The Patently-O Law Journal just published my essay, Is Global FRAND Litigation Spinning Out of Control? Here is a link, and here is the abstract:
It has often been observed that, while patent rights are territorial in scope, commerce is global and, increasingly, interconnected. Indeed, with the advent of 5G and the Internet of Things (IoT), technical standards soon will enable not only devices such as smartphones and tablets, but also automobiles, medical devices, and even home appliances to receive and transmit data within and across national borders. To achieve these ends, firms participate in standard-setting organizations (SSOs) to hammer out the technical standards that enable communication and interoperability among devices. Moreover, because the implementation of these standards requires the use of many different, typically proprietary, technologies, SSOs generally encourage or require their members both to declare their ownership of patents that may be essential to the practice of the relevant standard, and to commit to licensing these standard-essential patents (SEPs) on fair, reasonable and nondiscriminatory (FRAND) terms. The FRAND commitments themselves, in turn, often are interpreted as binding contracts for the benefit of third parties (that is, for the benefit of implementers). In principle, these requirements work to ensure both that implementers are able to access essential technologies, and that owners are fairly compensated for their inventive contributions.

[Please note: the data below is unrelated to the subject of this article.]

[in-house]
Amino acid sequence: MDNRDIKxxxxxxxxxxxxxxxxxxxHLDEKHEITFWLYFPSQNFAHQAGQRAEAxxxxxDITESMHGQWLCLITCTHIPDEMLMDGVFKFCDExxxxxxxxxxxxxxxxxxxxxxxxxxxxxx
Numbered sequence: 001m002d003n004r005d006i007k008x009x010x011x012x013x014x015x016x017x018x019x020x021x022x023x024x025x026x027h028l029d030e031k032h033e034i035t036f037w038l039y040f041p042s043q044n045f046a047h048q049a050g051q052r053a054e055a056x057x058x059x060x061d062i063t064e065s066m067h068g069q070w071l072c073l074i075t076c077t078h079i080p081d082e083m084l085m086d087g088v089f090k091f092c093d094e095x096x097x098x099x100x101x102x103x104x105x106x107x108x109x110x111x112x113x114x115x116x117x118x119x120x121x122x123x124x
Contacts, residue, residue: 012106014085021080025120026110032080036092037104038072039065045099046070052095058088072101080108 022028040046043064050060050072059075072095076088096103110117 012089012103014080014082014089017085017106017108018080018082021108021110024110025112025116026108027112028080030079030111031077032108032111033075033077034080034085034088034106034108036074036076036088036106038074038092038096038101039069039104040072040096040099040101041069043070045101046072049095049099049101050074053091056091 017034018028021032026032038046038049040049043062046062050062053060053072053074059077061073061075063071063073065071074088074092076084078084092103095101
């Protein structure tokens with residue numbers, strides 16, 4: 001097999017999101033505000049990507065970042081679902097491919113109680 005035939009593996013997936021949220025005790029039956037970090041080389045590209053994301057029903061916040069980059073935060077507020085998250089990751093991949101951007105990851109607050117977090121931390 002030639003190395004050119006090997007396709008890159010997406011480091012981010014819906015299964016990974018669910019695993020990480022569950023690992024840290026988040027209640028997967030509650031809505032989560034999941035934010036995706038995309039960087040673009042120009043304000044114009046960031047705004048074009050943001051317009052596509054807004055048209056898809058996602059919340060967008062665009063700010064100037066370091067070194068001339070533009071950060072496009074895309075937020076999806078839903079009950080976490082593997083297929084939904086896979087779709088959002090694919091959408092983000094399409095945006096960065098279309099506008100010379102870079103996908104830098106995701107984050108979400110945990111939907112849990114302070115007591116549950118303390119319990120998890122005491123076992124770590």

Two problems nevertheless can impede the smooth working of such a system. The first is that SSO rules typically do not define the term “FRAND,” for a variety of reasons. Disputes over the meaning of FRAND therefore are inevitable. The second is that, because patents are territorial, courts often have been reluctant to adjudicate foreign patent rights. This understanding of patent rights, however, might appear, to some observers at least, to collide with commercial realities, when parties are unable to reach agreement and opt for adjudication by national courts. Current responses to these problems are likely to prove unsatisfactory for both owners and implementers; a comprehensive solution nonetheless remains, for now, elusive.